Euro-Zone - The Euro-zone seems to be in a bigger crisis and I am of the opinion that the region will witness recession in 2015. I had discussed in one of my earlier articles why I expect massive quantitative easing to come in 2015 for the region. Massive quantitative easing implies a weaker Euro and I believe that the Euro will continue to depreciate against the dollar in 2015. If a big quantitative easing is announced this week or in the first quarter of 2015 (very likely), the euro will slump and there will be more fund inflow into dollar.
Weakness in these economies will result in a major portfolio shift in 2015 and I believe that there will be greater portfolio allocation towards US equities and US bonds. Further, Indian equities will also see higher portfolio allocation among emerging markets and China's pain is India's gain.
I must however again emphasize here that the bullish stance on Treasuries is only for the first half of 2015. To me, the impact on the US economy coming from slowdown in these major developed and emerging markets is still unclear. I suspect that the US economy can show some signs of weakness towards the second half of 2015.
Related to the uncertainly for the second half of 2015, if the US economy holds up well, policymakers can potentially increase interest rates in the second half of 2015. This will make the dollar stronger and Treasuries can rally further. However, the probability of this event can be judged only after the economic performance for the first two quarters of 2015 is clear.
I also believe that US policymakers will find it disturbing if the dollar continues to gain in strength meaningfully into 2015. A stronger dollar can impact the competitiveness of US exports and a direct impact will be on export driven companies. In an age of competitive devaluation of currencies, the US policymakers are likely to take action to reverse a strong dollar if the upside continues.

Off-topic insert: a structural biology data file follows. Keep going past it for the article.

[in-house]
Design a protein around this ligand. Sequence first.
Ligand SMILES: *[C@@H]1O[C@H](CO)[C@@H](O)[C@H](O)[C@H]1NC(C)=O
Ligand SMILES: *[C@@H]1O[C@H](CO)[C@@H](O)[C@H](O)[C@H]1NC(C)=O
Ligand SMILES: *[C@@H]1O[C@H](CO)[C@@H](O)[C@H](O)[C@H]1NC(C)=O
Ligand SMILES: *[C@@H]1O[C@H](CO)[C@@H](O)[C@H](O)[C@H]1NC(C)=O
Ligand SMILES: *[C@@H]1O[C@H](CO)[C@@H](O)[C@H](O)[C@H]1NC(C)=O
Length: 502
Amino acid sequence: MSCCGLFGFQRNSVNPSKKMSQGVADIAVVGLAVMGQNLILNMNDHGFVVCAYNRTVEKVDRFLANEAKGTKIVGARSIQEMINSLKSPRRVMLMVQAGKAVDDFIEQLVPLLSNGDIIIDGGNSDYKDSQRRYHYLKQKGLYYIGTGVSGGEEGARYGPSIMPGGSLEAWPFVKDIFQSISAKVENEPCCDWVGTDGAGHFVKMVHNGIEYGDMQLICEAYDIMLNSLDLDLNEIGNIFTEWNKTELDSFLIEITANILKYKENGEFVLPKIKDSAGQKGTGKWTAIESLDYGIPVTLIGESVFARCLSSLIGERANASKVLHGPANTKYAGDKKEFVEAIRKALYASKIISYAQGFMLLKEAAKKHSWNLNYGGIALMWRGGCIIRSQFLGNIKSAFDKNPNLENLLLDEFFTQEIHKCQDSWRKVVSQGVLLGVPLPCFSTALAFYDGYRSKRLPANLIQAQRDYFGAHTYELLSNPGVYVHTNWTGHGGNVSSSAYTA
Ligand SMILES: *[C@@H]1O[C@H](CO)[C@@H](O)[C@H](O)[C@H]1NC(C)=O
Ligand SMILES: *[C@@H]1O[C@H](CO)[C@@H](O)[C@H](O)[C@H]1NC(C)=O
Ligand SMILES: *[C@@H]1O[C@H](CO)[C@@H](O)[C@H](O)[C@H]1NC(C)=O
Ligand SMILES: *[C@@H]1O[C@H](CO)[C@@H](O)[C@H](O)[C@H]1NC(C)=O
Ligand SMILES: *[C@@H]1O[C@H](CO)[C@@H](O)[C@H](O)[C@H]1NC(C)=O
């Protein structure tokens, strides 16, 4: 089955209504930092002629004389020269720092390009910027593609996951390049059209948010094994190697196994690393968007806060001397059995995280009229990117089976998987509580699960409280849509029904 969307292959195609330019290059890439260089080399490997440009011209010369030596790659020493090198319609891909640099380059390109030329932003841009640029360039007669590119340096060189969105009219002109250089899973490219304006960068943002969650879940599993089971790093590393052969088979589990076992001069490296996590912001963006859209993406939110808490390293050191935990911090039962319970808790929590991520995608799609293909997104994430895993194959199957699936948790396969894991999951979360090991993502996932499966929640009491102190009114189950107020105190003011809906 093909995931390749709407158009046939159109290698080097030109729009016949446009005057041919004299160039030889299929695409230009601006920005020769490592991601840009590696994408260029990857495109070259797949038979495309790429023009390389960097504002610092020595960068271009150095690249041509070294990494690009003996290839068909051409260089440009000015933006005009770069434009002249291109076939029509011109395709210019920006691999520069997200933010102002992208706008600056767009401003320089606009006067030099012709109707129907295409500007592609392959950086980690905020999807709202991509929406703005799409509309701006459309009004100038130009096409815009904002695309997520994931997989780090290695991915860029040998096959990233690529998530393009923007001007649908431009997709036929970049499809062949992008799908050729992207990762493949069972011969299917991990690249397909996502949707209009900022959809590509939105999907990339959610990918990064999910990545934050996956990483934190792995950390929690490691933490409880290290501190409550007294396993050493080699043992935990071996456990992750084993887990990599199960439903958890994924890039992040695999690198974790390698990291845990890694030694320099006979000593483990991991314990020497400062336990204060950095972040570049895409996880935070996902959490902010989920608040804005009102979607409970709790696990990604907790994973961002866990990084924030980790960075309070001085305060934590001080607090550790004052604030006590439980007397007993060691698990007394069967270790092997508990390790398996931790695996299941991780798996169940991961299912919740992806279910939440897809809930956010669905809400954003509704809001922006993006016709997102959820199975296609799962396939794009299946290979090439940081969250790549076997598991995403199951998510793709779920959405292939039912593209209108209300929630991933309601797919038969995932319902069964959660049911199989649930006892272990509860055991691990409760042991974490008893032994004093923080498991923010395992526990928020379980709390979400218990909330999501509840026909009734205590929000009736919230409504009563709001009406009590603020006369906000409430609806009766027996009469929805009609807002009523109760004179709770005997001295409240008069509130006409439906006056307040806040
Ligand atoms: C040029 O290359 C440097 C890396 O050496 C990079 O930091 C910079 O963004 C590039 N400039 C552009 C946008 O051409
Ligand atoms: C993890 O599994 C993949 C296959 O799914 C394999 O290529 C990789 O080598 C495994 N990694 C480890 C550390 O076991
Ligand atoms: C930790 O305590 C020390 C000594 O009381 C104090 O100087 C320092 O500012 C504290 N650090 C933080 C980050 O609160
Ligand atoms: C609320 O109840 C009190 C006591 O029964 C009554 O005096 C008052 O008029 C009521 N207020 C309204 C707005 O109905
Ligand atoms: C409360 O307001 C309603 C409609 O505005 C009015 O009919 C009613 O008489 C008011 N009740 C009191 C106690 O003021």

Therefore, there are several contradicting factors that will come into play in 2015 and these factors will keep the markets guessing on the medium-term trend for the dollar and US Treasuries.
For the first two quarters of 2015, the Vanguard Long-Term Government Bond ETF (NASDAQ:VGLT) and the Vanguard Short-Term Government Bond ETF (NASDAQ:VGSH) look interesting. Talking about bonds, I must add here that investors should also consider the Vanguard Long-Term Corporate Bond ETF (NASDAQ:VCLT) for their portfolio with the ETF giving exposure to quality credit.
In conclusion, US Treasuries are likely to witness more rally in 2015 as the US economy is the only bright spot among developed market economies. While the outlook for the second half of 2015 remains uncertain considering the factors discussed, I assign a higher probability to the rally only lasting for the first half of 2015.
Disclosure: The author has no positions in any stocks mentioned, and no plans to initiate any positions within the next 72 hours.
The author wrote this article themselves, and it expresses their own opinions. The author is not receiving compensation for it (other than from Seeking Alpha). The author has no business relationship with any company whose stock is mentioned in this article.